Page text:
Legal Dictionary

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  1. 30-day Notice

    A common notice period required by many state and local landlord-tenant laws and ordinances. A notice from a landlord to a tenant to vacate the premises within 30 days; a notice from a landlord to a tenant informing the tenant of a change in the terms of the tenancy, e.g. an increase in rent; or a notice from a tenant to a landlord informing the landlord of his or her intent to vacate the premises within 30 days. If a tenant fails to vacate the premises within 30 days of service of landlord's [...]
  2. 341 Meeting

    In a bankruptcy case, a meeting of creditors or equity security holders convened by and presided over by the United States trustee. A meeting of creditors is mandatory whereas a meeting of equity security holders is discretionary. During a 341 meeting, the United States trustee must ask the debtor questions to ensure that he or she is aware of the consequences of discharging and reaffirming debts in bankruptcy. See also 11 U.S.C. § 341 Bankruptcy
  3. 341 Notice

    In a bankruptcy case, a notice sent to creditors when a bankruptcy petition is filed, naming the trustee (in chapter 7, 12, and 13 cases), setting the date and time of the 341 meeting — the first meeting of creditors, and setting deadlines, including for creditors to file objections to the debtor's discharge of debt in a chapter 7 bankruptcy case. See also Bankruptcy 341 meeting 341 Notice and Deadlines
  4. 342 Notice

    In a bankruptcy case, a notice the court clerk must give the debtor that describes the "general purpose, benefits, and costs" of proceeding under particular chapters of the United States Bankruptcy Code and specifies the consequences of concealing assets and making false statements. See also 11 U.S.C. § 342 Bankruptcy
  5. 3D Floor Plan

    A 3D floor plan, or 3D floorplan, is a virtual model of a building floor plan, depicted from a birds eye view, utilized within the building industry to better convey archtitectural plans. Usually built to scale, a 3D floor plan must include walls and a floor and typically includes exterior wall fenestrations, windows, and doorways. It does not include a ceiling so as not to obstruct the view. Other common attributes may be added, but are not required, such as cabinets, flooring, bathroom [...]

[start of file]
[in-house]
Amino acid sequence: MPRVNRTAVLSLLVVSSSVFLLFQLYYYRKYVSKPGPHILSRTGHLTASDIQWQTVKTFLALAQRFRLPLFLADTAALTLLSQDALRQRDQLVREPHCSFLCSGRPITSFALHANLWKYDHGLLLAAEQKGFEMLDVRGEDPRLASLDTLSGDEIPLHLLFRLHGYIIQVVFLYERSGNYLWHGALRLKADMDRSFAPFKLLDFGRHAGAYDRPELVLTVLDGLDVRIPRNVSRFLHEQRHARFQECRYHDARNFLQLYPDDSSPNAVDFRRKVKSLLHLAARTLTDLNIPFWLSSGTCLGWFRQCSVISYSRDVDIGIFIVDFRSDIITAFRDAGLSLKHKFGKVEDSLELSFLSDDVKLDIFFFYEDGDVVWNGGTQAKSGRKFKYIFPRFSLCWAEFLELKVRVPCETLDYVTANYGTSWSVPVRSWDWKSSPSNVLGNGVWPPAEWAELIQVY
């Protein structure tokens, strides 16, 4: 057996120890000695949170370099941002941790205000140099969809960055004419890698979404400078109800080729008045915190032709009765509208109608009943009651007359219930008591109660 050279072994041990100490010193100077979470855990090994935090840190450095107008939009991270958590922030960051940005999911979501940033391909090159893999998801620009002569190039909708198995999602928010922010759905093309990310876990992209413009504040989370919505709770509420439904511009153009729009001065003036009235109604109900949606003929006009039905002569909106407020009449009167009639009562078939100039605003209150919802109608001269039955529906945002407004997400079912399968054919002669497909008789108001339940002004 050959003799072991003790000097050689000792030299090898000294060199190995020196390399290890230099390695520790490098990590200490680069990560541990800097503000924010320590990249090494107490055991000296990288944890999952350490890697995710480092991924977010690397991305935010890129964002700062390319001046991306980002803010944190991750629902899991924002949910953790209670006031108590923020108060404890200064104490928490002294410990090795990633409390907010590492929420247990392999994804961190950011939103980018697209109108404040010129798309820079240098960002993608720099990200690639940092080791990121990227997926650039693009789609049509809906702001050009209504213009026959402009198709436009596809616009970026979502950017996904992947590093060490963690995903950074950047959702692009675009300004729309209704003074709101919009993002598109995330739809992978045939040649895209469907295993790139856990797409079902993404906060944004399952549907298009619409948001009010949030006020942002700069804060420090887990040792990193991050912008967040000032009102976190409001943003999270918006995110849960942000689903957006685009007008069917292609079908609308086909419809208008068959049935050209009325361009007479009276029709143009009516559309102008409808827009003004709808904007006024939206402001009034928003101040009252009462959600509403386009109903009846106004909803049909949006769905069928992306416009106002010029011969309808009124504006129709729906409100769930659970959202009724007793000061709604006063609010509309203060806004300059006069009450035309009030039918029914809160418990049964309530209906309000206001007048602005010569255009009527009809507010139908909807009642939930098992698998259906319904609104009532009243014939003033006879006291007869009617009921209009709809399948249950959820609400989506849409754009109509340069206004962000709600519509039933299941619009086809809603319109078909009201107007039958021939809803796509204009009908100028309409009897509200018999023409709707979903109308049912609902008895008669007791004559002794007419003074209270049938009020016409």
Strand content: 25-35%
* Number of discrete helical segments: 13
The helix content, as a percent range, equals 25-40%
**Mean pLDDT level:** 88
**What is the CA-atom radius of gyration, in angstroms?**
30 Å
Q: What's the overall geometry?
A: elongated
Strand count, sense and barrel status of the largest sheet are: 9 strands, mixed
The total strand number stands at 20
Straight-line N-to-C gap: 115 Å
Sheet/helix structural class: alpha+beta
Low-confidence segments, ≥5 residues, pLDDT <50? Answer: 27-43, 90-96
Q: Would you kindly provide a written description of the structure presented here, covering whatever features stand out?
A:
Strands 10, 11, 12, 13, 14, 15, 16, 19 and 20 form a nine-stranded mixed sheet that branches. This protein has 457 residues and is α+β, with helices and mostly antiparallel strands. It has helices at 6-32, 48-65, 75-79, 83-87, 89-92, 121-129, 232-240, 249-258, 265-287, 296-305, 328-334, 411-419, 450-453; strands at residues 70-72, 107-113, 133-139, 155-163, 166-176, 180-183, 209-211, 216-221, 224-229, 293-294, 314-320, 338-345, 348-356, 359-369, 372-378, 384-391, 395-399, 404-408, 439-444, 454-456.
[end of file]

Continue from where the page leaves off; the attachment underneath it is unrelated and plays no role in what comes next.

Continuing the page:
6. 3rd Liberty Loan Act

    The Third Liberty Loan Act was a liberty bond sold during World War I that helped cover the war expenses of the United States. These bonds were loans taken by the US Government in which they would pay the money the citizens spent on the loan back in the future. There were two previous loan acts The Liberty Loan Act and The Second Liberty Loan Act, each giving more and more money to the US Government to fund the war. The Third Liberty Loan Act was enacted on April 5, 1918. The third act [...]
  7. 4-4-5 Calendar

    The 4–4–5 calendar is a method of managing accounting periods. It is a common calendar structure for some industries such as retail, manufacturing and parking industry. The 4–4–5 calendar divides a year into 4 quarters. Each quarter has 13 weeks, which are grouped into two 4-week "months" and one 5-week "month". The grouping of 13 weeks may also be set up as 5–4–4 weeks or 4–5–4 weeks, but the 4–4–5 seems to be the most common arrangement. When a 4–4–5 calendar is in [...]
  8. 401(k)

    In the United States, a 401(k) plan is the tax-qualified, defined-contribution pension account defined in subsection 401(k) of the Internal Revenue Code. Under the plan, retirement savings contributions are provided (and sometimes proportionately matched) by an employer, deducted from the employee's paycheck before taxation (therefore tax-deferred until withdrawn after retirement or as otherwise permitted by applicable law), and limited to a maximum pre-tax annual contribution of $18,000 (as of [...]
    A type of savings account made possible by federal law. By creating a financial plan under 26 U.S.C. 401(k), employers can help their workers save for retirement while reducing taxable income. Workers can choose to deposit part of their earnings into a 401(k) account on a pre-tax basis. Furthermore, interest earned on money in a 401(k) account is never taxed before funds are withdrawn. See also 401(k) plan ERISA Internal Revenue Service: 401(k) Plans
  9. 401(k) Plan

    A deferred compensation retirement plan in which an employer withholds a portion of an employee's pretax wages and invests them in a qualified plan; an employer may contribute to an employee's 401(k) plan, e.g. by matching an employee's contributions. Wages invested in a 401(k) plan and income earned therefrom are not taxed until the employee withdraws them from the plan. A 401(k) plan may allow an employee to make a hardship withdrawal, but a distribution received before age 59.5 is generally [...]
  10. 501(c) Organization